This morning I walked through my house, trying not to see things.
I tried not to see the underwear packaging left on the floor by my two teenage boys. The clothes my daughter left on the bathroom floor. The cereal bowl on the counter of a few floating Honey Nut Cheerios.
Note, though I left them there, I asked my children to pick them up. Which means first identifying who left it out; usually there are a total of four “not me”’s. Then I had to make sure they followed through. That takes a lot more time than if I just whisked them up myself and actually deposited them where they belong, which is not a guarantee with child help.
Not-seeing is a challenge for me because, while I am not the Queen of Clean as my mother is, I still don’t really dream of underwear packaging on the floor. I prefer my spaces relatively tidy and Cheerio-free. And like that whole “broken windows” theory? The more things aren’t picked up, the more people seem to leave their junk around. So there’s that.
More than that, my kids’ clutter, for some reason, feels like sticky notes all. Over. The house. They are written to me. They read something like, In case you missed it, you’re doing a really bad job at raising responsible adults. Forget world-changers! Your kids don’t even see mess. Let alone PICK IT UP.
But a funny thing happens at my house: When I clean up after my kids, they don’t actually get any better at it.
What’s Behind My Over-helping
I work hard to care for my kids. I want my home to be a prepared place where my kids are nurtured and happy. I want to launch my kids into life from a place where they gather unseen resources from tangible surroundings. I pack lunches on school mornings and make a hot breakfast–not because I believe that’s a woman’s job, but because I believe we care for the people we love, no matter what gender we are.
It’s also important to me to live a life poured out, where I’m dying to myself. I believe the greatest in God’s kingdom is the one who serves all (Mark 9:35). Parenthood is constant exercise in setting aside my own selfishness, which is far more stealthy than I’d like to admit.
But when do I cross the line from empowering my kids to enabling them?
And is there a chance I might actually be creating needs for me to meet…to make myself feel better?
Reading my enneagram profile (a form of personality test) even a few months ago, I read that my personality type, the helper, can use their helping to manipulate others toward meeting my own emotional needs: to be needed, to be thought well of, to be adored, etc. (“Isn’t she a great mom!”)
I occasionally find myself doing nonsensical things–like making waffles and bacon an hour before I was to leave on an international trip–to assure myself I was not costing my family a thing in leaving. In fact, in a way that drives my husband a little nuts, I’ll even create ways for me to help others so I’ll be needed.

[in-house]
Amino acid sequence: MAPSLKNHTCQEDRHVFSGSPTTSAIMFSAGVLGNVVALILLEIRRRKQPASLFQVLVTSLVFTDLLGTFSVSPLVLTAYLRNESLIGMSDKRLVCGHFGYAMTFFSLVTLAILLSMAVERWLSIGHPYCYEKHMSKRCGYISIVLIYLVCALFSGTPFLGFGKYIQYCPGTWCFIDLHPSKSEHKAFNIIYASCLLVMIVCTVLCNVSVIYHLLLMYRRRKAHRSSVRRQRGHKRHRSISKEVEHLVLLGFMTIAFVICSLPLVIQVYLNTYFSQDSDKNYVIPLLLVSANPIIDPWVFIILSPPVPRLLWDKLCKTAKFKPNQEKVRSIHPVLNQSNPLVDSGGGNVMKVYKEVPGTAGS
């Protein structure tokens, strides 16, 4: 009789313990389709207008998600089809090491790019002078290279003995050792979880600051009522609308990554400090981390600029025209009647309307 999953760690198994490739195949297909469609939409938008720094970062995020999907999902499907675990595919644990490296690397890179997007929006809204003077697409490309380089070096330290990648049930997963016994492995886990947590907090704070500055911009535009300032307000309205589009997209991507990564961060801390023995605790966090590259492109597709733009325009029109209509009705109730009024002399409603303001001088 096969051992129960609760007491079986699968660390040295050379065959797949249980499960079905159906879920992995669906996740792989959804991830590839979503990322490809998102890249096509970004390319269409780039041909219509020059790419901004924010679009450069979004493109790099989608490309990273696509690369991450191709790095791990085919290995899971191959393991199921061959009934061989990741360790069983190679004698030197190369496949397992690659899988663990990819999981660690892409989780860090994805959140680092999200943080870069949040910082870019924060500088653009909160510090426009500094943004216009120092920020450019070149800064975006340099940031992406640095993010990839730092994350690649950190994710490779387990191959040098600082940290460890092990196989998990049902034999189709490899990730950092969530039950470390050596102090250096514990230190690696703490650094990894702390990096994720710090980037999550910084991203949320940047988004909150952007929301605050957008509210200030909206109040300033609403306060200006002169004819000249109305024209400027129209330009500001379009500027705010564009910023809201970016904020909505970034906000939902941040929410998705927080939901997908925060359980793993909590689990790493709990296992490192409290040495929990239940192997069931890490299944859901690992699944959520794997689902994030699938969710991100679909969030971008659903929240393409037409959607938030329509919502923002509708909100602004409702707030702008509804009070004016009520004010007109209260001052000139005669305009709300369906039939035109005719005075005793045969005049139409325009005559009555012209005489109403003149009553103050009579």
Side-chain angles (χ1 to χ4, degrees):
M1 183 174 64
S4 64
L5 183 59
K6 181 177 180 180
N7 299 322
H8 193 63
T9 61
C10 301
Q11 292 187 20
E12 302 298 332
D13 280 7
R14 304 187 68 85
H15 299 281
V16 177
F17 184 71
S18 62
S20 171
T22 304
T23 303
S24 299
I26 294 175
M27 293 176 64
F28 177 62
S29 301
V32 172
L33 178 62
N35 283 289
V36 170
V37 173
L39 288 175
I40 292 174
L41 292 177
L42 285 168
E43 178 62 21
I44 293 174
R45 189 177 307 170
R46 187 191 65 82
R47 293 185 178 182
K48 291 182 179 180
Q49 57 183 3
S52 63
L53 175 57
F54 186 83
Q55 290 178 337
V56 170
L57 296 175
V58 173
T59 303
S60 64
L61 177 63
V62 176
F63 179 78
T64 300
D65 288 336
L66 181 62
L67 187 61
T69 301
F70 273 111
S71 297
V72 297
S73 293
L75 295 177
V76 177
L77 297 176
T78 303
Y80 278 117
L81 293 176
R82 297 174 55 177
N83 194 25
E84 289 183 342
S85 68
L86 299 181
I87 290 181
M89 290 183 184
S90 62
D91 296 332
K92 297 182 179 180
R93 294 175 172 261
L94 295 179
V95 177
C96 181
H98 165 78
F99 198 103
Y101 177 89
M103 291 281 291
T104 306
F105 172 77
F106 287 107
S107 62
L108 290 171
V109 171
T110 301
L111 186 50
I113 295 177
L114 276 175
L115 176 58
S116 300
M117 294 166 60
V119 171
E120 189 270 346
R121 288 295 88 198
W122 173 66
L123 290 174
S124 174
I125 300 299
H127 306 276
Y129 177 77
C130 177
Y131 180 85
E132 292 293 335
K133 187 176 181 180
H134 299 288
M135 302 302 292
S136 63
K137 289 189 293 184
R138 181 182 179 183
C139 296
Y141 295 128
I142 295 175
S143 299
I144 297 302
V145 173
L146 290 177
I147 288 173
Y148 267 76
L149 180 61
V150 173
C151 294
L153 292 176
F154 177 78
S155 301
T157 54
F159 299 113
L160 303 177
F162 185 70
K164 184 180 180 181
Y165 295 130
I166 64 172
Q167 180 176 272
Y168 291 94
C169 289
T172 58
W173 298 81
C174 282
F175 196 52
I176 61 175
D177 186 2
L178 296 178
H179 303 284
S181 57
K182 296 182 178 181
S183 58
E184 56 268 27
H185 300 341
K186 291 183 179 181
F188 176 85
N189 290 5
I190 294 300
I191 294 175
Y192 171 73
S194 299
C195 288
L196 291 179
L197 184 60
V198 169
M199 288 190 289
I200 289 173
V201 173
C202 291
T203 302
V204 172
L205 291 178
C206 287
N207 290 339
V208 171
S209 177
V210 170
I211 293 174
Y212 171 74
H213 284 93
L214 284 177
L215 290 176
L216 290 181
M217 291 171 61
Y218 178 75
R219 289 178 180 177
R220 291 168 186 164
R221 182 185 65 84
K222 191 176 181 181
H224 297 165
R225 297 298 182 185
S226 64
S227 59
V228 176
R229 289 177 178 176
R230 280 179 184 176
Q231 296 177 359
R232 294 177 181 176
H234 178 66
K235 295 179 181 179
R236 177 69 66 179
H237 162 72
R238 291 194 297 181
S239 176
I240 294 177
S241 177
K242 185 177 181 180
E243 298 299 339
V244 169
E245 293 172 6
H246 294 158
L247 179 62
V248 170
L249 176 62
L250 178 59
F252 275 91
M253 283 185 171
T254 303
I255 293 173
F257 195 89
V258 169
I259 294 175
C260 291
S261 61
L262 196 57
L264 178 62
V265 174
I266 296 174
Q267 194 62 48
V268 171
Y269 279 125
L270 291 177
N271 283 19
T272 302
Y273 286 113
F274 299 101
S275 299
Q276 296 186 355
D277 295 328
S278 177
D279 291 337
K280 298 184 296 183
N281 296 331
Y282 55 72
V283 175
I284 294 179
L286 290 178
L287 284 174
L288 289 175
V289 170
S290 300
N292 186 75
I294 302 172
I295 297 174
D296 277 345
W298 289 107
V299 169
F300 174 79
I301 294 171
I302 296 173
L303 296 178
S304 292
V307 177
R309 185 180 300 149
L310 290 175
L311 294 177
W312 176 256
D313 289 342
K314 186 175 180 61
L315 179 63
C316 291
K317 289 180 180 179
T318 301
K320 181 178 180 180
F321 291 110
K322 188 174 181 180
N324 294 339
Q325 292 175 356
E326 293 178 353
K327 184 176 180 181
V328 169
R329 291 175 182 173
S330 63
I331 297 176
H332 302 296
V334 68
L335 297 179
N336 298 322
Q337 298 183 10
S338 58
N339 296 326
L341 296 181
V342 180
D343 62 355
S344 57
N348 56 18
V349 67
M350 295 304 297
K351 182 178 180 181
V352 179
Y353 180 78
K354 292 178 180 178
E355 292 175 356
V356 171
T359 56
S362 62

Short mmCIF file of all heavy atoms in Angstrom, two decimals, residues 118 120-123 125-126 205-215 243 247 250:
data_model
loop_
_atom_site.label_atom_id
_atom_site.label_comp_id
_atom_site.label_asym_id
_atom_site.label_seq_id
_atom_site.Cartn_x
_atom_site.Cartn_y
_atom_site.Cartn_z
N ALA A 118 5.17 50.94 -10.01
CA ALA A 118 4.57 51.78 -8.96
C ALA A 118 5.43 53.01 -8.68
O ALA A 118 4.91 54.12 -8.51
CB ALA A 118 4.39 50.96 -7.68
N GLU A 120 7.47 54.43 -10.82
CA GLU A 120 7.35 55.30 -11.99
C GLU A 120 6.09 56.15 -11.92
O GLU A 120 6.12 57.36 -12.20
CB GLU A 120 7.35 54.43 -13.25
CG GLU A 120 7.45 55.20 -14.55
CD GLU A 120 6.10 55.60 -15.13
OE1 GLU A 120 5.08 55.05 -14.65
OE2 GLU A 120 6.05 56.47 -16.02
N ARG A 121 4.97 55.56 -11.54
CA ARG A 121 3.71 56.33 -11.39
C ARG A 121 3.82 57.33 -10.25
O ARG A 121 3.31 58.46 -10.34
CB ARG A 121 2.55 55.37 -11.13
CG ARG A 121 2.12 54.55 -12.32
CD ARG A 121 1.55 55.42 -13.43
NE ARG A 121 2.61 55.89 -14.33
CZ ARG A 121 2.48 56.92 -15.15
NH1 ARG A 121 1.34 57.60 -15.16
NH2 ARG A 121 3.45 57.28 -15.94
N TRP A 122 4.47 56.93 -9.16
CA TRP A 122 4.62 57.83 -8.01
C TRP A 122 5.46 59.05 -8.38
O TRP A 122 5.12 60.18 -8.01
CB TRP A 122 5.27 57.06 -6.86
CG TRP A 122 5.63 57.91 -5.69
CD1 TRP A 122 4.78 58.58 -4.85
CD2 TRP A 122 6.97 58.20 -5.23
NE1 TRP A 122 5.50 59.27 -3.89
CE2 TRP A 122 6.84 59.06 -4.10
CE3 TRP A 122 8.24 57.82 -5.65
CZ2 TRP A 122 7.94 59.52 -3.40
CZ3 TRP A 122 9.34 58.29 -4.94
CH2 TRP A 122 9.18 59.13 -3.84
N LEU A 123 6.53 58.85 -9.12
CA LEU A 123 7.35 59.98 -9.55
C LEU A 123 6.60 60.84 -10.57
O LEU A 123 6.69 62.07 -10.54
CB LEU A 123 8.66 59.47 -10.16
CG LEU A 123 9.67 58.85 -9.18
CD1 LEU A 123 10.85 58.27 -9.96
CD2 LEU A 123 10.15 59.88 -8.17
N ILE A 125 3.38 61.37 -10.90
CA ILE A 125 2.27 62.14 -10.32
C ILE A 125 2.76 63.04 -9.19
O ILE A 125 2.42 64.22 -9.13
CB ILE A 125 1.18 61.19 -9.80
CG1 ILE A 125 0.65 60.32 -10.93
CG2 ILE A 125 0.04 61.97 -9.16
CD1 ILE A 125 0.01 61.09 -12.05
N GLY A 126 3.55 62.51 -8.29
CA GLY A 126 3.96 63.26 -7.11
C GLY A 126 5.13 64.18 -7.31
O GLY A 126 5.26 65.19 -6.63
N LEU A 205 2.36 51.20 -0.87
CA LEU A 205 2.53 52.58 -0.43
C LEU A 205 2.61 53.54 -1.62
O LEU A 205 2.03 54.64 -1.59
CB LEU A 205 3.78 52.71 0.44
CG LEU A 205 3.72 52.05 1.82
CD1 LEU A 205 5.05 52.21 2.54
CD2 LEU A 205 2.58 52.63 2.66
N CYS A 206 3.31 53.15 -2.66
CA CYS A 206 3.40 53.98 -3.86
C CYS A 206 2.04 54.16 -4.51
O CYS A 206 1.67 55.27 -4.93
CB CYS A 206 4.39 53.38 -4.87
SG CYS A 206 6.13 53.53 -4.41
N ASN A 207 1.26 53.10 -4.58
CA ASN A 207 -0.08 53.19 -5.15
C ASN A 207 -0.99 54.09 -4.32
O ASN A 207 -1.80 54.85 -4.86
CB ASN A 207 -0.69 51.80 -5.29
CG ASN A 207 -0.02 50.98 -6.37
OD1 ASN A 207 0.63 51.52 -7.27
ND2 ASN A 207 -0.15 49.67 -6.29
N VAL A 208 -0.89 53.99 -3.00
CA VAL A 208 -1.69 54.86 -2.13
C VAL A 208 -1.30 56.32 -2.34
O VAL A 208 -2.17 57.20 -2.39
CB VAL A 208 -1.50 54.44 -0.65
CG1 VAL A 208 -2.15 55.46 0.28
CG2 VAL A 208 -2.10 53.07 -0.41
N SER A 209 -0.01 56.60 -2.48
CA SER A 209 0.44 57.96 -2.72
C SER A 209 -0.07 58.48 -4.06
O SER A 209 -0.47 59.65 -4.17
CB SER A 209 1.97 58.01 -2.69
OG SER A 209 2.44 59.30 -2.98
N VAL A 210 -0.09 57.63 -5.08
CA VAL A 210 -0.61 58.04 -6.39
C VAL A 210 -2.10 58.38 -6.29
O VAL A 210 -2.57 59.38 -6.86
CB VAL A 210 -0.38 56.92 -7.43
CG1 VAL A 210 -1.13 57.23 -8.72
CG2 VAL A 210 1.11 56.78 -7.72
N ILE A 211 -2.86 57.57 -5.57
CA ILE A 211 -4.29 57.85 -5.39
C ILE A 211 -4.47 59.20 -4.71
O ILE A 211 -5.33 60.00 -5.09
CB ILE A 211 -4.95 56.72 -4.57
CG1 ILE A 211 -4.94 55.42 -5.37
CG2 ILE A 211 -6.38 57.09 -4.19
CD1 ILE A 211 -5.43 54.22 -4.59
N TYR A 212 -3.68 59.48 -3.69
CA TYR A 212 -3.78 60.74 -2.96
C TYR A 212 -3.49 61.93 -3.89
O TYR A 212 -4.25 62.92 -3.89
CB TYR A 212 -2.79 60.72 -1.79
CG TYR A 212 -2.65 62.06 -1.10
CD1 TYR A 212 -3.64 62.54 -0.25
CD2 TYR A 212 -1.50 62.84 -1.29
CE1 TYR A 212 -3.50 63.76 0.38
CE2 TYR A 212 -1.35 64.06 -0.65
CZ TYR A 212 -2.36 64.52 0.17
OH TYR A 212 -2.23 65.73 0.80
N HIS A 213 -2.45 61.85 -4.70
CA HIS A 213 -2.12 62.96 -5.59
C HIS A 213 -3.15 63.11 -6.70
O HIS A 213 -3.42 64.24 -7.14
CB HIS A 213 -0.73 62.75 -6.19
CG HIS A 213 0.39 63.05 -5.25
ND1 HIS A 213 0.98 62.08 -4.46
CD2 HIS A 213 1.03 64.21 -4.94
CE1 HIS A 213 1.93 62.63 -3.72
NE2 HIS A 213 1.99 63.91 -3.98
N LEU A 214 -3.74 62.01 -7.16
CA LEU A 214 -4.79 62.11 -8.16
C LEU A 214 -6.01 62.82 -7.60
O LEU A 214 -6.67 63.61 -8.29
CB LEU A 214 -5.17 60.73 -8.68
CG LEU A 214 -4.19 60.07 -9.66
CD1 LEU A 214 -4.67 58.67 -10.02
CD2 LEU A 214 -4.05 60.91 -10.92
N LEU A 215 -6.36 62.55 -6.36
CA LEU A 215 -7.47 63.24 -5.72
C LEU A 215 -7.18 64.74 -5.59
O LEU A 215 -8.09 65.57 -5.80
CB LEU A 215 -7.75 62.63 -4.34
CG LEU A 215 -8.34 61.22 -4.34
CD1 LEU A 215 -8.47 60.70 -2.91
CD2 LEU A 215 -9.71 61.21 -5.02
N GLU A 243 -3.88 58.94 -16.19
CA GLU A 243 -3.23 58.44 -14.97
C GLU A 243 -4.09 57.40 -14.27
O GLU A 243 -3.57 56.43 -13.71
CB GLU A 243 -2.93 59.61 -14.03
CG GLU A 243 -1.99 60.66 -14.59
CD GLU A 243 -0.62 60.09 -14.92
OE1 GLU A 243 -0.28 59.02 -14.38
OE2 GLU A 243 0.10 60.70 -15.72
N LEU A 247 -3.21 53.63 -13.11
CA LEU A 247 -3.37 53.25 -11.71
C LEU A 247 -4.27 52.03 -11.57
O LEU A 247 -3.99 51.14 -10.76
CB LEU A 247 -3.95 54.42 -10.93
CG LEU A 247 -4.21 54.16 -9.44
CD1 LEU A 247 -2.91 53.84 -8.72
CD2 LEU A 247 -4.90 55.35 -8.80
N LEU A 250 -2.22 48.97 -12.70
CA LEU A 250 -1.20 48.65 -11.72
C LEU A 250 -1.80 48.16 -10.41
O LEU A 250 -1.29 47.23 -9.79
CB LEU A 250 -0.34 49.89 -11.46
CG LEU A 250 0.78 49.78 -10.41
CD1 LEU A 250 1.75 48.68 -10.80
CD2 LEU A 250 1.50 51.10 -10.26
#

Sometimes my ideas of a good mom and a good home can stand in the way of raising even better kids.
What Our Kids Can Do
Once at a family gathering, I saw a four-year-old niece–the same age as my son at the time– shimmy onto the kitchen counter, select a bowl, and proceed to make herself a meal. She had a single parent, so was used to being more independent.
Part of my heart hurt a little for the girl–used to taking care of herself at 4. And the other part of me thought, I’m not sure my son could do that. But it’s interesting to know he can.
I’ve seen it around the world, too: kids hauling water, making dinner.
My point: What if our kids are capable of more?
Google “learned helplessness”, and you’ll find “a condition in which a person suffers from a sense of powerlessness, arising from a traumatic event or persistent failure to succeed. It is thought to be one of the underlying causes of depression.”
See, when our kids start doing things for themselves, they get a consistent message: I can do this.
Training Their Eyes to See
And part raising world changers is raising kids like Jesus, who “came not to be served but to serve, and to give his life…for many” (Matthew 20:28). I wrote a version of this in Sharpie on an index card and hung it on the fridge for awhile: Train your eyes to see what needs to be done, and your heart to do something about it.
If my kids don’t learn to see what needs to be done, they tend not to do it, either.
So what I’m not saying is, “Do you feel tired of serving your family?”
(I think I know the answer to that one?)
But I want to think more deeply about equipping my kids with unseen resources to face the world…and sometimes just doing for them. It’s what author Geri Scazzero labels overfunctioning. (This post on boundaries is a great start if, like me, you tend to forget where you put yours.)
Maybe it’s as simple as asking myself questions like these:
- Does this action really love my kids–in the sense of doing what’s best for them? Or does it just make them feel good, and do what they’d want?
- Would my children benefit more from learning to do this themselves?
- I am I training kids who are used to being served, or to serving?
Lately I’ve been practicing a little word when my kids tend to ask me to do things that they are actually quite capable of doing themselves. I say it kindly. But I still say it. “No.” And though I still sacrifice for them in ways they clearly see, I’m launching them in a new way: Showing them what they can, and should, do themselves.